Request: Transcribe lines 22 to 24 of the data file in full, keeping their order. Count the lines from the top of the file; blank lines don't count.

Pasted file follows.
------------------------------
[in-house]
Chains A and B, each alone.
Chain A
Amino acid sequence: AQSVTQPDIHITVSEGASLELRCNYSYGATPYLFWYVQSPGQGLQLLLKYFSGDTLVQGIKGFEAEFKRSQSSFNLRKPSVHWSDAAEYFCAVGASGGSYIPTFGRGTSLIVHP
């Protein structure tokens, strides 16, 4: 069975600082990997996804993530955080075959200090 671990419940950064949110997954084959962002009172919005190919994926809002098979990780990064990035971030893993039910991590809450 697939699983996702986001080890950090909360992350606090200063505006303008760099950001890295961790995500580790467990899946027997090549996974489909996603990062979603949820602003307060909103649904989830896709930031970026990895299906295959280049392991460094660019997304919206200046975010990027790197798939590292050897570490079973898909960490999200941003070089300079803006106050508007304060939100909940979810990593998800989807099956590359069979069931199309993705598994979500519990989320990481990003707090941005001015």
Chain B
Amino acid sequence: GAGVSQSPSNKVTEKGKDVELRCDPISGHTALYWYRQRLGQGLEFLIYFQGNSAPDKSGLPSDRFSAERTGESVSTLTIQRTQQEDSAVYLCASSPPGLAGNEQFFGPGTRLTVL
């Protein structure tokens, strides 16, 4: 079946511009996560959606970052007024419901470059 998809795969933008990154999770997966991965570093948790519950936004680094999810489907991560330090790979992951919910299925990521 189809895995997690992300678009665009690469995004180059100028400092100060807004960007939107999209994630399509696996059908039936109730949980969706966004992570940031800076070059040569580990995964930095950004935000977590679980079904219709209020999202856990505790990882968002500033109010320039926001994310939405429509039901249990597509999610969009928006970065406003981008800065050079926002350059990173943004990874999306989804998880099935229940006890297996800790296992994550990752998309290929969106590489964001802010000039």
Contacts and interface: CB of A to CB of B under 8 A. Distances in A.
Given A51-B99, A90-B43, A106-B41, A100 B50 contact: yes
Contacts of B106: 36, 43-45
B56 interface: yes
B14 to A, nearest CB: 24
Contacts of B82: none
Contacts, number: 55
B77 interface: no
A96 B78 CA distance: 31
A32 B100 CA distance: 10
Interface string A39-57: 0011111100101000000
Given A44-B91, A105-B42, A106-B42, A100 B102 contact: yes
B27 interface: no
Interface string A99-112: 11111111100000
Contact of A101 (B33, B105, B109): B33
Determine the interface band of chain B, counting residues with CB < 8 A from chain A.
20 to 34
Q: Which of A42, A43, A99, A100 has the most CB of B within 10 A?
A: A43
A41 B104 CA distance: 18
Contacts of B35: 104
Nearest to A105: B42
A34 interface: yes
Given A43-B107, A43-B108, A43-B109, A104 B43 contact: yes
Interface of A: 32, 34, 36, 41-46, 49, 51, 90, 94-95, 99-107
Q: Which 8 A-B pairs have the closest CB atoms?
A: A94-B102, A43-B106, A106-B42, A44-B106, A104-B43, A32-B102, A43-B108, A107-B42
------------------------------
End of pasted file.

Interface string A99-112: 11111111100000
Contact of A101 (B33, B105, B109): B33
Determine the interface band of chain B, counting residues with CB < 8 A from chain A.